The clean wind energy industry must expand significantly in the next two decades to fulfill a strategy of generating 20 percent of the nation’s electricity. To provide the technological foundation for that dramatic growth, the National Renewable Energy Laboratory (NREL) is embarking on significant improvements at its National Wind Technology Center (NWTC) near Boulder, Colorado.
Engineers have installed the two largest turbines ever tested at the laboratory — a 1.5 MW turbine manufactured by General Electric and a 2.3 MW turbine from Siemens Power Generation. The new turbines allow NREL to take a significant step forward in generating its own clean electricity and meeting the Laboratory’s aggressive sustainability goals and reduce greenhouse gas emissions for its expanding research campus and support facilities. The new turbines are expected to generate twice as much energy as the NWTC uses.
The GE turbine is installed atop an 80m (262 feet) steel tower, the diameter of its rotor will reach 77m (253 feet). More than 10,000 GE turbines operate at commercial wind farms around the United States, accounting for about 50 percent of the U.S. wind energy market.
Among the questions researchers will address are the microclimate in which the turbine operates, the aerodynamics of the turbine design and the effects of turbulence on its load and performance — and how all these factors may combine in potentially unforeseen ways. The NWTC was located at the base of the Rocky Mountains to take advantage of particularly gusty, challenging winds in order to challenge turbine designs in conditions not typically seen at commercial locations.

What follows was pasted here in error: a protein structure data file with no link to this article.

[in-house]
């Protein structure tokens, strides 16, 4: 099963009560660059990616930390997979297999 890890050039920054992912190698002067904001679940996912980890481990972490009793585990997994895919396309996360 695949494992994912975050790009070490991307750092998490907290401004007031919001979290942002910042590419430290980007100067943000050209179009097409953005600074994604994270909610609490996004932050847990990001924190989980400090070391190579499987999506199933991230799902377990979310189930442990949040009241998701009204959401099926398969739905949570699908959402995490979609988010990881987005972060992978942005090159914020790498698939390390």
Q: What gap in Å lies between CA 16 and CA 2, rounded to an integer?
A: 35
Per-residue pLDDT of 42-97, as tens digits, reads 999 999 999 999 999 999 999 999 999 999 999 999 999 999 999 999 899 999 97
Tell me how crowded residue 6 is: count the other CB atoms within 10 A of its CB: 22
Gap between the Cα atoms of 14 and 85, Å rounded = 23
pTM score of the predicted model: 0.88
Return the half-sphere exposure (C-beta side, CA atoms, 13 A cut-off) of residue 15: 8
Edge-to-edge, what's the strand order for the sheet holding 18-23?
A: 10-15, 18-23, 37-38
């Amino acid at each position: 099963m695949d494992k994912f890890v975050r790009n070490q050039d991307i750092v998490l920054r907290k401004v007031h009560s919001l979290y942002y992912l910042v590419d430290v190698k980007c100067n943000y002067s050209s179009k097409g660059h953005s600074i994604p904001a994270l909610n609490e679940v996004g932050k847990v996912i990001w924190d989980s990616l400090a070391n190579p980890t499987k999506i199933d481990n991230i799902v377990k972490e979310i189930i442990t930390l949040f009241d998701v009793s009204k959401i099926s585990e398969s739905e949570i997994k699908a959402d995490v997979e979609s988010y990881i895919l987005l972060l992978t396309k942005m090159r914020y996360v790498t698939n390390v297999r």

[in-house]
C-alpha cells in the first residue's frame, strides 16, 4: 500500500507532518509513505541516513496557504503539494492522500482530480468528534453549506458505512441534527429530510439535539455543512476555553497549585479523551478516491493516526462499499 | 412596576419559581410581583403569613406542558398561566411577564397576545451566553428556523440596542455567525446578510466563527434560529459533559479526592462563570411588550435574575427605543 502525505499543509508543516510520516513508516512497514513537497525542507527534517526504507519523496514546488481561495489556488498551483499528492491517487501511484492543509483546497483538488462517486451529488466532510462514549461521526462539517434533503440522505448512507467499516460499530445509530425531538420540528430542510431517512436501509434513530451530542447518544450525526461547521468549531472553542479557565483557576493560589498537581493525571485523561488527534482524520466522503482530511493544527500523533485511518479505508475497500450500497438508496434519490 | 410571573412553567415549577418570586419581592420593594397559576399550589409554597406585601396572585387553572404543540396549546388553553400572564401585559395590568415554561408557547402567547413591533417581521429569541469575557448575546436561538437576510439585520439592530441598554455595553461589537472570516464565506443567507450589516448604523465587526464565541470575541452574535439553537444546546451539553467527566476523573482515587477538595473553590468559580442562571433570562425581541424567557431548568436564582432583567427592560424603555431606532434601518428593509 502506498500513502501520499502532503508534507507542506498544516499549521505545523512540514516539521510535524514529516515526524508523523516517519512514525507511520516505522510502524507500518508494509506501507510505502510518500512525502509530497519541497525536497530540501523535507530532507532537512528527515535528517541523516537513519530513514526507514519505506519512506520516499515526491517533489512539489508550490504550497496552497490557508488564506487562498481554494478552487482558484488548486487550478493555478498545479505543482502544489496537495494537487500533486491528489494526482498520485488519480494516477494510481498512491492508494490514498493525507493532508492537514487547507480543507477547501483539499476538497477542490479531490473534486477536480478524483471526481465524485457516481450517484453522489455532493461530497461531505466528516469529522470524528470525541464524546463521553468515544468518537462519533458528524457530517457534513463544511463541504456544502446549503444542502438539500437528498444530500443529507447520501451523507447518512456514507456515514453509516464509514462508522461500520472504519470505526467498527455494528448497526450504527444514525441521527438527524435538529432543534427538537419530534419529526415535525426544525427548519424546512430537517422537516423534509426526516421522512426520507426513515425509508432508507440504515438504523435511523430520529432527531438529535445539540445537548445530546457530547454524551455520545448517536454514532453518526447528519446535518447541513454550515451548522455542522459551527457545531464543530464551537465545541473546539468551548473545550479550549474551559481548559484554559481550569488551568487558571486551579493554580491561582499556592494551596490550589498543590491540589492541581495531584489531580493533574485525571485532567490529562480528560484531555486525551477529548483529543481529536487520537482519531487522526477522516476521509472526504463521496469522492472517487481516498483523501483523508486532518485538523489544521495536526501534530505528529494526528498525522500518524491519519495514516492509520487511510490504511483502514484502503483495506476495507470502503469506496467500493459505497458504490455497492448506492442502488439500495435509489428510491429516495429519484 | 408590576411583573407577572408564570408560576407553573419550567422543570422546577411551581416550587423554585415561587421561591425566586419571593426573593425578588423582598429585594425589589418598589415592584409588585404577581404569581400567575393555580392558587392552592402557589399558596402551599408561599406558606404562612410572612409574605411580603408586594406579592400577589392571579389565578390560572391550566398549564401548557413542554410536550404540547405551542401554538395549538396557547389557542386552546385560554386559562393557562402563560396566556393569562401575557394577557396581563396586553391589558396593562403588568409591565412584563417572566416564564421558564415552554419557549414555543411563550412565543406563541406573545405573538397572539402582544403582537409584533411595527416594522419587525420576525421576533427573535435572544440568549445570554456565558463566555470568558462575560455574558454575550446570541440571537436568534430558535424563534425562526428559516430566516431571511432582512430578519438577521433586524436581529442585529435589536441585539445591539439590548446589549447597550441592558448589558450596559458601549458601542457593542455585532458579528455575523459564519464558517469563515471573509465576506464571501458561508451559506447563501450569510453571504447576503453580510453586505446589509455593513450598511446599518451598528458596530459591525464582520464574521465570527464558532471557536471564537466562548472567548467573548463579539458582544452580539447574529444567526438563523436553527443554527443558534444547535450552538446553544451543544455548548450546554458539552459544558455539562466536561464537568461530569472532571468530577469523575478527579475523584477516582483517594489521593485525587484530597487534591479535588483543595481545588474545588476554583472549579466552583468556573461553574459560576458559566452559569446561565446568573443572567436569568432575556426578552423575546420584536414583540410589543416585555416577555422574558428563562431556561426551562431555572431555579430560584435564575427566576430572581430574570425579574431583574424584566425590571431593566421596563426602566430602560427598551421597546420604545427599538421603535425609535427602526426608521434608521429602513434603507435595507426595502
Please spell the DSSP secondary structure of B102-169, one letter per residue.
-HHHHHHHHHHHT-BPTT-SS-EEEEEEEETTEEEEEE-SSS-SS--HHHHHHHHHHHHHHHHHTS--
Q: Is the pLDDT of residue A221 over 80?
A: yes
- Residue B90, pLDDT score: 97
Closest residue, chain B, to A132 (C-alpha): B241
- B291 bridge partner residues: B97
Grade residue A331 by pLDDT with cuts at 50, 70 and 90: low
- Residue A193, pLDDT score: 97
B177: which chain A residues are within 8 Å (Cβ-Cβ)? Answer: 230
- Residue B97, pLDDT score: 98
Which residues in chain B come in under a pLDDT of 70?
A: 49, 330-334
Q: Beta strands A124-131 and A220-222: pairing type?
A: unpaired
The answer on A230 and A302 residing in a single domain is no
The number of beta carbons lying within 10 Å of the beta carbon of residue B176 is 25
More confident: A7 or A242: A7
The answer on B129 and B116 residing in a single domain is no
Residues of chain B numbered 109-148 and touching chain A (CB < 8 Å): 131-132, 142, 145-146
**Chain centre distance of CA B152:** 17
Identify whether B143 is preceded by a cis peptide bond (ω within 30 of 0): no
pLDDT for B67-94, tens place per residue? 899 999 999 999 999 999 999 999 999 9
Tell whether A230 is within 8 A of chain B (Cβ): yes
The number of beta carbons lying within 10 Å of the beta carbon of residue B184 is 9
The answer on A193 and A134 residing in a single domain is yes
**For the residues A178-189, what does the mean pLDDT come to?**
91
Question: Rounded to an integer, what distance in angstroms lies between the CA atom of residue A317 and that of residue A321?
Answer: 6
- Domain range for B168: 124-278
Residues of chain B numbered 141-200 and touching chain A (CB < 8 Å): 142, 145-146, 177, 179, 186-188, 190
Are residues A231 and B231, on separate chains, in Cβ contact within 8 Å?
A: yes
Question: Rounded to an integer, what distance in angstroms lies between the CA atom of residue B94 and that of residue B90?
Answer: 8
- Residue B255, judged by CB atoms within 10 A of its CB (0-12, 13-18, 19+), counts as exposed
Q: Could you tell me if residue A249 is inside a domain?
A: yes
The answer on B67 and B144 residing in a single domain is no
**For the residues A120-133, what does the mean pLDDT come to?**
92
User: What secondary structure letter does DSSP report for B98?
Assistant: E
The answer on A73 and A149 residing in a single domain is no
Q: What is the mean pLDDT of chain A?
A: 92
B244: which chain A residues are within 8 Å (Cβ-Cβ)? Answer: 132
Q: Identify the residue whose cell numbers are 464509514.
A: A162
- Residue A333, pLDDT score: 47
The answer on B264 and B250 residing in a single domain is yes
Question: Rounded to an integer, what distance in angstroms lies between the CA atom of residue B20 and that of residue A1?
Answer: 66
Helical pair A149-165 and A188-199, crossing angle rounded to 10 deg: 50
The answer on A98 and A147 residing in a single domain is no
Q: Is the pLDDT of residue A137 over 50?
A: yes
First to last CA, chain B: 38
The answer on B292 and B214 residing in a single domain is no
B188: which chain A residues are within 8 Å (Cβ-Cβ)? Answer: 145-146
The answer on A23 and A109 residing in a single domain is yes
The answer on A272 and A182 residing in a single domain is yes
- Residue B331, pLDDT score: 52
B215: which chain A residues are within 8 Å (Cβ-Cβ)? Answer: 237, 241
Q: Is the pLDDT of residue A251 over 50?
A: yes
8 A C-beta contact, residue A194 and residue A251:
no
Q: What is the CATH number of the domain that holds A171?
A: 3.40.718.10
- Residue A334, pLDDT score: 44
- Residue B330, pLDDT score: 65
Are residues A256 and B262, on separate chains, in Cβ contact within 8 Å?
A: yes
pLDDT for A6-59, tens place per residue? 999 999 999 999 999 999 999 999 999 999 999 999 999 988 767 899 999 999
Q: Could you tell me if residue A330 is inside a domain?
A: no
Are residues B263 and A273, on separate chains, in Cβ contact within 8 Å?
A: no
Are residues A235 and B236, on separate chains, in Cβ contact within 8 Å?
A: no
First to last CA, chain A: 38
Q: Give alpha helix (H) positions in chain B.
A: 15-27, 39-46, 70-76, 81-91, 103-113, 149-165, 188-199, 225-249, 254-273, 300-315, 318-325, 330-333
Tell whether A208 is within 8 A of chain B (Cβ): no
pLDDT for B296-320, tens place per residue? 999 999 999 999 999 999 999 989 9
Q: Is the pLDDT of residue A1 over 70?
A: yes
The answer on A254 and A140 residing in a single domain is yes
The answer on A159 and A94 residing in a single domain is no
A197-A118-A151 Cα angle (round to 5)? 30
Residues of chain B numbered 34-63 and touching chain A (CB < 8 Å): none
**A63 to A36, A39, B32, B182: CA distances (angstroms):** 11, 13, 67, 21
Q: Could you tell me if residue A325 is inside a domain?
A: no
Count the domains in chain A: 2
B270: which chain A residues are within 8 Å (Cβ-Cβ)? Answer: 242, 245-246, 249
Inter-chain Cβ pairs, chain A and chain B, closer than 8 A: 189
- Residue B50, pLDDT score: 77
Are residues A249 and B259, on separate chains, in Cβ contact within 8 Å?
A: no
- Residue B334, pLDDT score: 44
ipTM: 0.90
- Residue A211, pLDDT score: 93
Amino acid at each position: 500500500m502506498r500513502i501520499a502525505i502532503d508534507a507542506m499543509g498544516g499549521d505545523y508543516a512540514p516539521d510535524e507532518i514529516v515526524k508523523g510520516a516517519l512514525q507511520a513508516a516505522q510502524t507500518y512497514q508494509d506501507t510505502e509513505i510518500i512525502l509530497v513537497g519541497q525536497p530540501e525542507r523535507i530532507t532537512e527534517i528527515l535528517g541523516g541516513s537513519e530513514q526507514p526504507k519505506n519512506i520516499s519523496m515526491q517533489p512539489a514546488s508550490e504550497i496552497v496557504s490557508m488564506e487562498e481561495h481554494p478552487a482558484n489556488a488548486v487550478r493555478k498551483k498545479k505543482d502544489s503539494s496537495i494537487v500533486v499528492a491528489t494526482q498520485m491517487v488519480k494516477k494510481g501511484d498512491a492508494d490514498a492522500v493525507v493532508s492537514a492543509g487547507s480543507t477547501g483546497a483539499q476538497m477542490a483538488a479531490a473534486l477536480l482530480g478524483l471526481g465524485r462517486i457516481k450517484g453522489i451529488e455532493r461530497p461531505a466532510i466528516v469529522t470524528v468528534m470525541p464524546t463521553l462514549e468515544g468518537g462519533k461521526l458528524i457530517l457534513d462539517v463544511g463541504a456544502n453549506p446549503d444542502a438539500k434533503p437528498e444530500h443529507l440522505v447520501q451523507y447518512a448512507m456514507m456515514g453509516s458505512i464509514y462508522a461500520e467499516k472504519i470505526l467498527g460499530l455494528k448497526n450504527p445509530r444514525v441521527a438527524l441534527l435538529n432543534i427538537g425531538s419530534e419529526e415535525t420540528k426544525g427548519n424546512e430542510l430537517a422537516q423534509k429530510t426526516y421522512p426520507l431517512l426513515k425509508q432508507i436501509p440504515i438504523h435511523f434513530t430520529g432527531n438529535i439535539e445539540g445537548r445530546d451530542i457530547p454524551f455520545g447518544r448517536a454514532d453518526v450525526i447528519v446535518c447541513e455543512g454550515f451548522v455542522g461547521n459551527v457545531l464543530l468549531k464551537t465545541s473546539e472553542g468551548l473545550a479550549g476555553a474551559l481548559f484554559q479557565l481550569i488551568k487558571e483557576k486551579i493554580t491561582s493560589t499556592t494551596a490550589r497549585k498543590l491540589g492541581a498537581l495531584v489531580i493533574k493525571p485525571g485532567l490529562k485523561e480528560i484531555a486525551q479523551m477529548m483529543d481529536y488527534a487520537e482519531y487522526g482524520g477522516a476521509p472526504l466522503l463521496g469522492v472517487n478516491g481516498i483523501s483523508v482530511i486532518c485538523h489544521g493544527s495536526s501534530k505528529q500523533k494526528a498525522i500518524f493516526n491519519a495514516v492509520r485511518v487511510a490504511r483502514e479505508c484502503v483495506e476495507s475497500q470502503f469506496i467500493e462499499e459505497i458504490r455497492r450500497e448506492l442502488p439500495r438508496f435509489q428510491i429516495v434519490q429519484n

Comprehensive instrumentation has been put into place for all aspects of performance and structural monitoring. With data collected from these experiments, researchers will be working with the wind industry to increase turbine performance, improve durability and decrease loads.
What We Did
We were tasked with design and installation of the foundation and tower monitoring systems for both the GE turbine and Siemens turbine.
Comprehensive foundation instrumentation includes strain gages attached to the rebar and earth pressure cells underneath the concrete pad of the tower foundation. Load cells installed in the bolts securing the tower to the base provide load monitoring, rosette strain gages installed on the inside of the steel tower provide strain monitoring. Last, accelerometers at the top of the tower provide acceleration monitoring used for triggering.
A Campbell CR9000X takes continuous measurements at 200Hz, and static measurements every 15 minutes. The continuous data is captured based on trigger events from the accelerometers. All data is collected automatically from the tower via cellular IP modem and imported into databases on a server at the nearby RES Americas facility. Our MultiLoggerDB software is used to manage the data including processing and outputting the data in one of several chart types.
Our MLWeb software provides browser access to other personnel within the organization without requiring installation of any application software.
A sample view of the database including Event Chart output is shown right.